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Rate hike wagers take hold in Southeast Asia after Indonesia’s hike

The chance of a rate hike in Malaysia, where the ringgit is near its weakest level since 1998, has increased.

JAKARTA: Investors are betting Southeast Asia’s central banks will turn more hawkish after Bank Indonesia unexpectedly hiked its key rate last week, with the Philippines seeing the biggest impact to expectations.

The spread between the Philippine two-year bond yield and Bangko Sentral ng Pilipinas key rate widened after BI’s decision, indicating traders are anticipating a greater chance of a rate hike, according to data compiled by Bloomberg.

BSP governor Eli Remolona also flagged the possibility of an increase as soon as Thursday.

The chance of a rate hike in Malaysia, where the ringgit remains near the weakest level since 1998, has also increased, as per the data.

“Each central bank has its own playbook,” said Frances Cheung, a rates strategist at Oversea-Chinese Banking Corp. “That said, BI’s policy action precisely reflects the pressure from higher US dollar rates on the monetary decision making in Asia.”

A tighter monetary policy may be one way to support currencies that have slumped to multi-year lows this week, as it would help bridge their interest-rate gap with the US, where bets on higher-for-longer rates have pushed up yields. However, headwinds from China’s slowdown would remain as exports continue to suffer and limit the amount of dollars in those markets.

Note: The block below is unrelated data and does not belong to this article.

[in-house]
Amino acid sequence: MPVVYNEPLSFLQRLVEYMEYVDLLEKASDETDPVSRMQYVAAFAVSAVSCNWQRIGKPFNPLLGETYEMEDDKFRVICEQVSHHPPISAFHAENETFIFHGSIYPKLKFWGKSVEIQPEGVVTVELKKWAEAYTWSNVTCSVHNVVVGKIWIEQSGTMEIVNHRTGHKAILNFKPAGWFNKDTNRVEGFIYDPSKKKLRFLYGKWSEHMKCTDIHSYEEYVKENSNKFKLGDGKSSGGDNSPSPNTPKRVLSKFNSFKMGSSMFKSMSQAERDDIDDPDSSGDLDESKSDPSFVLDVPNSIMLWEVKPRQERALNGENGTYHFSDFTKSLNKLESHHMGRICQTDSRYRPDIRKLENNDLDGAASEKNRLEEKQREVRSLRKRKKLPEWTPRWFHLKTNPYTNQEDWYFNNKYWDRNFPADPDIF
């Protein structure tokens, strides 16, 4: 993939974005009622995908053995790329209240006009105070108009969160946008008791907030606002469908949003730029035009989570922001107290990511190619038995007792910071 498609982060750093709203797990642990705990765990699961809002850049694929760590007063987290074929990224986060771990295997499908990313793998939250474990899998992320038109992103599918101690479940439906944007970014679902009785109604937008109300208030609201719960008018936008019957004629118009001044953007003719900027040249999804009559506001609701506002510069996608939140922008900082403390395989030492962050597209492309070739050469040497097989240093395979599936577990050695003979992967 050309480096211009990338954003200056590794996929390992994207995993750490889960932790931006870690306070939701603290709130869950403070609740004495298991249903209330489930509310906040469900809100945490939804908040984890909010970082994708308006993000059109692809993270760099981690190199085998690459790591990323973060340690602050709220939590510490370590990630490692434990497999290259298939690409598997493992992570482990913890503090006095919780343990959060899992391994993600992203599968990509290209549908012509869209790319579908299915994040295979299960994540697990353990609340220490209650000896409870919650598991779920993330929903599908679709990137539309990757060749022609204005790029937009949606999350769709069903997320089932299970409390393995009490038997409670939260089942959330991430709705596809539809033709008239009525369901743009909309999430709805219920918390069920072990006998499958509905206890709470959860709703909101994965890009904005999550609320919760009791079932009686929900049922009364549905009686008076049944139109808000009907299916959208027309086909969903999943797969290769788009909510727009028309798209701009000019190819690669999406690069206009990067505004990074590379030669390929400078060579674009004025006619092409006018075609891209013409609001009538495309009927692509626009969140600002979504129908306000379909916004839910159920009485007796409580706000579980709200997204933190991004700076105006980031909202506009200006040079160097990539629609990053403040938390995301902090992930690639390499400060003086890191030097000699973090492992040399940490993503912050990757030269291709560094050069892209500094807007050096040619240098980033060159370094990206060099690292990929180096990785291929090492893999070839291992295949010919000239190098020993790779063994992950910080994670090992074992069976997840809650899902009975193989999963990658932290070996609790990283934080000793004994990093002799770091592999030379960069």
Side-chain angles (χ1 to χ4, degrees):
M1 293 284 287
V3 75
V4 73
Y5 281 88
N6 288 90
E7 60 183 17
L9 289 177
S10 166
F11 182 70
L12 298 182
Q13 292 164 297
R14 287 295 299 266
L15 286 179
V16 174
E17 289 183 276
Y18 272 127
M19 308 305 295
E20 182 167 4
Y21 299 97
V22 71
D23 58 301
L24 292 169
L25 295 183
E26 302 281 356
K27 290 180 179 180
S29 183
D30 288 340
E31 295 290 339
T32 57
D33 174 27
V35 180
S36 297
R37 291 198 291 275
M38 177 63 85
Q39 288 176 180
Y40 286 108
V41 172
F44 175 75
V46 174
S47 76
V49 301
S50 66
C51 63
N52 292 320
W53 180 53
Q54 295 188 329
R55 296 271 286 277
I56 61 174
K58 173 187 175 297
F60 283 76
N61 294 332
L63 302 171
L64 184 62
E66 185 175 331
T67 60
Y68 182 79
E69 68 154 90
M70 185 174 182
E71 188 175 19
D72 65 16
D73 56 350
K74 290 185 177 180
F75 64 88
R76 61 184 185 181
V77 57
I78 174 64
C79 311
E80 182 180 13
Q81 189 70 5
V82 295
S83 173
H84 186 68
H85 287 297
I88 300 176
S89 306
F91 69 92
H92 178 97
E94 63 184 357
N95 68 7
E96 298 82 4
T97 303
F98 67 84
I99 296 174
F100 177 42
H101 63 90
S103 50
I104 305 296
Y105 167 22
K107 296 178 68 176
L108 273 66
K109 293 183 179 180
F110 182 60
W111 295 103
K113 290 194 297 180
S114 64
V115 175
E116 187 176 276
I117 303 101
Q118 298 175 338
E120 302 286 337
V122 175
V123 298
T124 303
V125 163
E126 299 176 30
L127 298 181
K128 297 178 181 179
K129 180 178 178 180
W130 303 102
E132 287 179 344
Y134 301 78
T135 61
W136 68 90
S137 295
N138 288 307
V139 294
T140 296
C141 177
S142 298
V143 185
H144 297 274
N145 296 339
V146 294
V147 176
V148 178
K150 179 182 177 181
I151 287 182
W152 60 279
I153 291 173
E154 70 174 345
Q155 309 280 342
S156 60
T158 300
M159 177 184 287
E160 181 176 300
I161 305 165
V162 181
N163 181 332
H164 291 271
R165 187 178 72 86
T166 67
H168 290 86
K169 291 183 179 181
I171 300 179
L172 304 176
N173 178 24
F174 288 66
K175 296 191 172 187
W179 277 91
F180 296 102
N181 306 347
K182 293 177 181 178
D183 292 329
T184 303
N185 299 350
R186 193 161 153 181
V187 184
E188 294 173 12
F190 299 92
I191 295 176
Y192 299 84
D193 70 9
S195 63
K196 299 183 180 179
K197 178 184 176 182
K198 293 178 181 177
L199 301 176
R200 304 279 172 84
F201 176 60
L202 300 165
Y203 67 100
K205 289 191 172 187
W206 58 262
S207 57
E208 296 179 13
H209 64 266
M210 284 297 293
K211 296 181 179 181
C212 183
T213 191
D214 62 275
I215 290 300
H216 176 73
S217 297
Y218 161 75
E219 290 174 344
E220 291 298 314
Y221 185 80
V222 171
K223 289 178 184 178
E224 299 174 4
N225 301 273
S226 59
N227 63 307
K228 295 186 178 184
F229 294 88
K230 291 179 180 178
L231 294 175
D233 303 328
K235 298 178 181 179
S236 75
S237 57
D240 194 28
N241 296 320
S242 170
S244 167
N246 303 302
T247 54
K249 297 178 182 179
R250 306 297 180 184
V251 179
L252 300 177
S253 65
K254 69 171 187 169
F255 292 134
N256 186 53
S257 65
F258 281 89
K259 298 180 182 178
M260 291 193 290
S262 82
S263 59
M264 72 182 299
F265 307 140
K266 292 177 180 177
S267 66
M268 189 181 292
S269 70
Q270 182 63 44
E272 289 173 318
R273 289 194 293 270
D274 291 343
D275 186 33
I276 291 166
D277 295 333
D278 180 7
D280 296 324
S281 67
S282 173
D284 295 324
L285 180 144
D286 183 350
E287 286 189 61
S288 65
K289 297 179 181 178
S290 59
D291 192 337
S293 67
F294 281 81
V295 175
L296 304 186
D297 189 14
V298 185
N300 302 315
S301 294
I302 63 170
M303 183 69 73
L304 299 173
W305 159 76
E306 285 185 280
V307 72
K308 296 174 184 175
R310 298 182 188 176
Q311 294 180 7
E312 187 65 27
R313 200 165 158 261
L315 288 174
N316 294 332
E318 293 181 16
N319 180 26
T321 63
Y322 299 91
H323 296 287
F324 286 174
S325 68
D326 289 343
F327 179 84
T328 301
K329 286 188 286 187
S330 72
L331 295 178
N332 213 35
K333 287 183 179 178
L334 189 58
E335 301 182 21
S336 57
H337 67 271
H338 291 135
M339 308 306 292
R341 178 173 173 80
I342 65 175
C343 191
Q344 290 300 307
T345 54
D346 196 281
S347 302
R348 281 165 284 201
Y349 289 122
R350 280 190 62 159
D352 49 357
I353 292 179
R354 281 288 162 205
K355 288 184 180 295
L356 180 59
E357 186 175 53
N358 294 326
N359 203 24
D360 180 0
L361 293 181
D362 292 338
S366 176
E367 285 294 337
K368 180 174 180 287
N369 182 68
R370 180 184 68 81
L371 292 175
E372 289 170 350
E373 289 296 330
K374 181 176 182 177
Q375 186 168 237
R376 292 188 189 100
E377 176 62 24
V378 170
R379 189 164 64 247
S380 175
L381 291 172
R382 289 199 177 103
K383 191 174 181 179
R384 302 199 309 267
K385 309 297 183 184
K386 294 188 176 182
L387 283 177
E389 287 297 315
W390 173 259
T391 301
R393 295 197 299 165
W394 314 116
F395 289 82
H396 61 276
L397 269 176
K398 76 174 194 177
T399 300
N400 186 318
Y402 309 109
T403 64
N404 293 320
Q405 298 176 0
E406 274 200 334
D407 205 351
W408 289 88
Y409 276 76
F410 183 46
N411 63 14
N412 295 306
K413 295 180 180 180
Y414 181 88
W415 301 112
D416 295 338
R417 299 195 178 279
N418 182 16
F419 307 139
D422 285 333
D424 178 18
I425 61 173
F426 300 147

Rate hike bets are also gaining traction in Southeast Asia as other measures by the region’s central banks fail to lure foreign funds. BI sought to tighten liquidity by selling bills before its shock quarter-point hike last week, and economists are not ruling out more increases as the rupiah stays near the lowest since 2020.

Traders are also pricing a roughly one in five chance Bank Negara Malaysia will hike interest rates, which is marginally higher than expectations prior to the BI meeting, due to the political sensitivity of a weak ringgit and falling reserves, said Philip McNicholas, Asia sovereign strategist at Robeco Group in Singapore.

The case for a rate hike to defend the currency is growing in the Philippines after the nation’s forex reserves dropped to US$98.7 billion last month, the lowest since December, as authorities intervened to stop the peso from weakening past 57 per dollar. The move may also help ease rising inflation.

“If the data says inflation will go up very significantly and there’s a risk of affecting inflationary expectations, then we may go for an off-cycle hike as early as Thursday,” BSP’s Remolona said. The central bank earlier flagged risks of missing its 2%-4% inflation goal for a third year in 2024 amid food supply constraints and higher power and transport costs.

“All the central banks are likely to be watching food prices closely given the potential adverse impact of El Nino on crop production, hence they’ll likely continue to flag upside risks,” Robeco’s McNicholas said.